Consumers are forking over record-high bank fees

Better have some extra money around because you'll need it to pay ever-higher bank fees. The cost to access your money through out-of-network ATMs and overdraft fees has hit record levels, according to an annual survey released today.

Consumers now pay an average of $4.52 per transaction to use an ATM network that their bank isn't part of, an increase of 21 percent over the past five years. These levies include both the costs consumers incur from the ATM operator and their own financial institution. Fees for bouncing a check have surged 9 percent since 2010 and now average a record $33.07.

Bankrate found that just 37 percent of noninterest-paying checking accounts are "completely free," the lowest level it has found since it started these surveys in 1998. That trend has been little changed in recent years. Free checking accounts hit a peak of 76 percent in 2009.

Another 58 percent of noninterest checking accounts can become free if consumers meet certain requirements such as having direct deposits. Consumers who can't get a waiver from the fee are socked with an average monthly service charge of $5.86, an increase of 11 percent since last year.

"The most important thing for consumers to know is that all of these fees are completely avoidable," said Greg McBride,'s chief financial analyst, in a press release. "Shop around for a bank or credit union that fits your lifestyle so that you can keep more of your hard-earned cash."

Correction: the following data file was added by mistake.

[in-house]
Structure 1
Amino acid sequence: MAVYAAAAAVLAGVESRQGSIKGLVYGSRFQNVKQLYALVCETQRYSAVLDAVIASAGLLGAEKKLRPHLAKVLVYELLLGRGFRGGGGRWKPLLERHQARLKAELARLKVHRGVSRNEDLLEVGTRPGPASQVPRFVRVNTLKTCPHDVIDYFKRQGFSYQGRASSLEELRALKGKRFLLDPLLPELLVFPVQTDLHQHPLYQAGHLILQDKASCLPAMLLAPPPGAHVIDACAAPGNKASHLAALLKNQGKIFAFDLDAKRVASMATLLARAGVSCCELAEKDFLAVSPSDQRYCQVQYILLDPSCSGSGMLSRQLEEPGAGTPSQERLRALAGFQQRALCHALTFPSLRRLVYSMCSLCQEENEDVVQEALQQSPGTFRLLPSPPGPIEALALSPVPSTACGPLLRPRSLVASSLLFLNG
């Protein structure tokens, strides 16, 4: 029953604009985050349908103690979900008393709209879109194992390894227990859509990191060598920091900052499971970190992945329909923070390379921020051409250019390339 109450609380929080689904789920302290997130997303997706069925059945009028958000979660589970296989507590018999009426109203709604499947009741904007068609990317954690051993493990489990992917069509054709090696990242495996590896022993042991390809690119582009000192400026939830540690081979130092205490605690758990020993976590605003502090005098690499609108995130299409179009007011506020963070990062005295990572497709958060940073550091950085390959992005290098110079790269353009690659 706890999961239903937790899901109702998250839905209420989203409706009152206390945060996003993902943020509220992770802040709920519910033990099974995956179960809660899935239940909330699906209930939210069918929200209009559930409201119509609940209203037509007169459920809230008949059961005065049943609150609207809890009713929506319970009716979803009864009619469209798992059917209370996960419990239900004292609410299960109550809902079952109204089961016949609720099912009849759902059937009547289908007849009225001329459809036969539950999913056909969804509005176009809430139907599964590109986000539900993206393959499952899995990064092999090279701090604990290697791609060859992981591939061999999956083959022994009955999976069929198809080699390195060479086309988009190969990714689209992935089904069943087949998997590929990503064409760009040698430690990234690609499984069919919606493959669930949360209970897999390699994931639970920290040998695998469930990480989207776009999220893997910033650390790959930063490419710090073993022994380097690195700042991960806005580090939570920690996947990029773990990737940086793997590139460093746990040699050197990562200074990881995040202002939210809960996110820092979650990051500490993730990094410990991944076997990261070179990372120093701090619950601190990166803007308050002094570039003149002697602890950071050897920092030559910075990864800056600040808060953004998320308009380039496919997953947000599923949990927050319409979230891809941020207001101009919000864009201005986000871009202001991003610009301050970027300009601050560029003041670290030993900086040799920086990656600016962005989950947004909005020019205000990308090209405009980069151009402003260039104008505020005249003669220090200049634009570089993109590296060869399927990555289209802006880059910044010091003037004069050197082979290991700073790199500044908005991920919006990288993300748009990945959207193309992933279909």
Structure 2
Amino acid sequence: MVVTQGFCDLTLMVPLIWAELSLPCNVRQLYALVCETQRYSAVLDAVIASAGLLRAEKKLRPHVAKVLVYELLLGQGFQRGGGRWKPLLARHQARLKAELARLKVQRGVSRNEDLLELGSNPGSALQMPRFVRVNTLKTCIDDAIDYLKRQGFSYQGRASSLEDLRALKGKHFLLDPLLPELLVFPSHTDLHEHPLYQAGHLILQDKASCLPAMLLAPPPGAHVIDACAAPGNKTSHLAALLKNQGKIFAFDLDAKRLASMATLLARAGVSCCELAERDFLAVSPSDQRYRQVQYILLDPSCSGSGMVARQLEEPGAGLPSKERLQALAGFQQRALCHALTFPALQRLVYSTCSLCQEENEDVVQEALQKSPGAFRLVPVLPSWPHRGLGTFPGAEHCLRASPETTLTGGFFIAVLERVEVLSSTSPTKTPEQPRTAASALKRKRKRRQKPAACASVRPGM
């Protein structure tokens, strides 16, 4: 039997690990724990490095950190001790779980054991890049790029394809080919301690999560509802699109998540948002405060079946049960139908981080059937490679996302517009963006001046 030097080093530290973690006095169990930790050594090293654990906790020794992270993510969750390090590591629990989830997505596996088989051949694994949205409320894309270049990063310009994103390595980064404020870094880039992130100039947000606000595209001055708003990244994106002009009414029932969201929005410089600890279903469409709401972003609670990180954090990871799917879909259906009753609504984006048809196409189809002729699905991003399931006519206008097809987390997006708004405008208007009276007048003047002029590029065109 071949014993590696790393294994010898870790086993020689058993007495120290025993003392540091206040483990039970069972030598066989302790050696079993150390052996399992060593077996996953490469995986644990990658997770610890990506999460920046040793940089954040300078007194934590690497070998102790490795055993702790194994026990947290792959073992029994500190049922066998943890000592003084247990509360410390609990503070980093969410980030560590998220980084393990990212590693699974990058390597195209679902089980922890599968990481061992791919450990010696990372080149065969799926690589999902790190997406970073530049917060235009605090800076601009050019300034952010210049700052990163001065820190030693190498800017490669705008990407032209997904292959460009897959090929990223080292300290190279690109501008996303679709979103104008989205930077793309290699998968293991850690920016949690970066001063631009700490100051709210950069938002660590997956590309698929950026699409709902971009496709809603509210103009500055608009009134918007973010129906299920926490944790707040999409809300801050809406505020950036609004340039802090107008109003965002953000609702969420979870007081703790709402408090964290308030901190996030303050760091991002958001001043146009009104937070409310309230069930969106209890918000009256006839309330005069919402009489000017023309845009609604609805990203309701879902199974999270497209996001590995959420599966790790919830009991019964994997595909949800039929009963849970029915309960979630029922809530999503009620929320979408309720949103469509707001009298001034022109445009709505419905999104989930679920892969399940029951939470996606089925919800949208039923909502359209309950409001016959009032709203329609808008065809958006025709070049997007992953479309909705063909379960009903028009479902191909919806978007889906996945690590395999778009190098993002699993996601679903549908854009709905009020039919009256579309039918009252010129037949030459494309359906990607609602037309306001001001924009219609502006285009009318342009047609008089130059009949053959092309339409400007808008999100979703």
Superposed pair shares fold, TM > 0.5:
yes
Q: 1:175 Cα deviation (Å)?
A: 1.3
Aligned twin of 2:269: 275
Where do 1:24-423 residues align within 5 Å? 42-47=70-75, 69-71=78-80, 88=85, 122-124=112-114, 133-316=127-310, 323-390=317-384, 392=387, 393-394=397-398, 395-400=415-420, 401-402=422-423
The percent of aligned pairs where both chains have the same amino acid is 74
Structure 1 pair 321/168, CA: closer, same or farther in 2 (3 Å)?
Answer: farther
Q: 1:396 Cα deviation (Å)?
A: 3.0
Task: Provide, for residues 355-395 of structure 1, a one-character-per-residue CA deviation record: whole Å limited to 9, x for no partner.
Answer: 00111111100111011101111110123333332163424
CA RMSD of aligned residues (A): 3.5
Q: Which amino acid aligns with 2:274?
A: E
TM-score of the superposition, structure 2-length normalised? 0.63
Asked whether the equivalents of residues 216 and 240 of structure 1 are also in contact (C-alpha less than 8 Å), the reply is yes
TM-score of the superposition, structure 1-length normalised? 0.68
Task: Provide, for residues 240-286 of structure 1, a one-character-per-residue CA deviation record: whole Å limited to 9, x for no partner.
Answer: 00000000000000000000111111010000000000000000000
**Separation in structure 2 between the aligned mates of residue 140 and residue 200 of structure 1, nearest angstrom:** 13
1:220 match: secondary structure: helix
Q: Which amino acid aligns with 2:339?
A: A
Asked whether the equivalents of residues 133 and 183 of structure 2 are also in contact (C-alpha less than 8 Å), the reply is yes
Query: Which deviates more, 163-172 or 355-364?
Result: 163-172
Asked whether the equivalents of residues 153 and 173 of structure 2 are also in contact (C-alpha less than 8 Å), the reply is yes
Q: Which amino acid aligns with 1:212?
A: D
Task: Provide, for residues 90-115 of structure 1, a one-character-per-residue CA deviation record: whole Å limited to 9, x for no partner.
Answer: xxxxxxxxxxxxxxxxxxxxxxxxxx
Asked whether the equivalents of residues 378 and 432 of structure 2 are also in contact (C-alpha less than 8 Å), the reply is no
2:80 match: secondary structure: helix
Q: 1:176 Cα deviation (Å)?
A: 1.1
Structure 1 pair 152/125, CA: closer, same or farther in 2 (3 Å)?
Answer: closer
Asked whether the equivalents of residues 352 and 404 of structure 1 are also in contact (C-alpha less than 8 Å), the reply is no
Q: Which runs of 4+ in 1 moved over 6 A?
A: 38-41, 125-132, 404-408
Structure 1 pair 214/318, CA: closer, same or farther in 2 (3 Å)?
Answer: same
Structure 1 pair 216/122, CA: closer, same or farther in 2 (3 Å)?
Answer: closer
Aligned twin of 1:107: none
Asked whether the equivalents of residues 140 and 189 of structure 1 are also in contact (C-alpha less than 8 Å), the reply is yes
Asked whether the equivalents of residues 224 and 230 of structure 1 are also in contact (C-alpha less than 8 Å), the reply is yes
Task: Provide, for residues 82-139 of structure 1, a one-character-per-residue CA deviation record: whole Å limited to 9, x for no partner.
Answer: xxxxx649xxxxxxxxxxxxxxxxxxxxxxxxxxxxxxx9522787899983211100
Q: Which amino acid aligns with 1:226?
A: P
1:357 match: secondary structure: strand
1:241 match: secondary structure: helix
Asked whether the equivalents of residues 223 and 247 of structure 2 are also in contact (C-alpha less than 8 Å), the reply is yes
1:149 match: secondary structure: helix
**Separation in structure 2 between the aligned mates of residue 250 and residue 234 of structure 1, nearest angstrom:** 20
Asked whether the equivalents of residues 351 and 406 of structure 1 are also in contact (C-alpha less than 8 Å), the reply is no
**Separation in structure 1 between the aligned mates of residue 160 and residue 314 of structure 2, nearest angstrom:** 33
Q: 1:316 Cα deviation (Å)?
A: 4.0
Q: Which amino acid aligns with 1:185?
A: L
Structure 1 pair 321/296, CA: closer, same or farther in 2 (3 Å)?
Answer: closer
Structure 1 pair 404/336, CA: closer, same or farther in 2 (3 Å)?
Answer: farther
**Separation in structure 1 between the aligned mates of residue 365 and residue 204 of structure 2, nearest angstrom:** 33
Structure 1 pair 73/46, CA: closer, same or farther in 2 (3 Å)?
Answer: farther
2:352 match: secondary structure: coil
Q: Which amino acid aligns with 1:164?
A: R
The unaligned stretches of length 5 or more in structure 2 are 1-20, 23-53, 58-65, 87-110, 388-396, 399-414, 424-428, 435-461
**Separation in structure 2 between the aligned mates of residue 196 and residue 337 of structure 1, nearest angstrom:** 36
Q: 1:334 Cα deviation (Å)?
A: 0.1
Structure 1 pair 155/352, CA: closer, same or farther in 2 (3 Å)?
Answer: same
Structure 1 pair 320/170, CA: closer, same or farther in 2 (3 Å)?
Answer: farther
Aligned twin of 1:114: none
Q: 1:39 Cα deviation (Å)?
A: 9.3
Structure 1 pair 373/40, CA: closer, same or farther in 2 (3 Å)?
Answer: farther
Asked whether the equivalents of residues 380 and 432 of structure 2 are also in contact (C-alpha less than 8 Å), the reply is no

You can get around ATM fees by using apps that list the machines that are in your bank's network. Many retailers also let consumers use a debit card to get cash back when they make a purchase, which is a lower-cost alternative to ATMs.

Worries about banking fees have scared away some consumers from the banking system entirely. A 2013 survey by the Federal Deposit Insurance Corp. found that 7.7 percent of U.S. household were unbanked and another 20 percent were "underbanked," meaning they had an account but also used alternative financial service such as check-cashing stores.

"The overdraft fee does in particular," contribute to people begin unbanked, McBride said in an interview. "That's unfortunate because although the overdraft fee takes a big bite, I would argue that it's easier than ever to avoid. With 24/7 online and mobile account access, there's really no excuse for having your head in the sand and not knowing what your available account balance is before initiating transactions."

Consumers should also sign up for email and text alerts when their account balances get below a certain level, McBride said. And he advises linking your savings and checking accounts so that one can replenish the other in the event of a shortfall. That's a less costly alternative than overdraft protection.

Bank fees do vary somewhat by location. Here are the five most expensive cities for ATM fees and overdraft fees:

Highest average ATM fees

1. Atlanta $5.15
2. New York $5.03
3. Phoenix $4.88
4. Miami $4.84
5. Milwaukee $4.78

Highest average overdraft fees

1. Milwaukee $34.79
2. Atlanta $34.57
3. Baltimore $34.55
4. Denver $34.50
5. Phoenix $34.35

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    Jonathan Berr is an award-winning journalist and podcaster based in New Jersey whose main focus is on business and economic issues.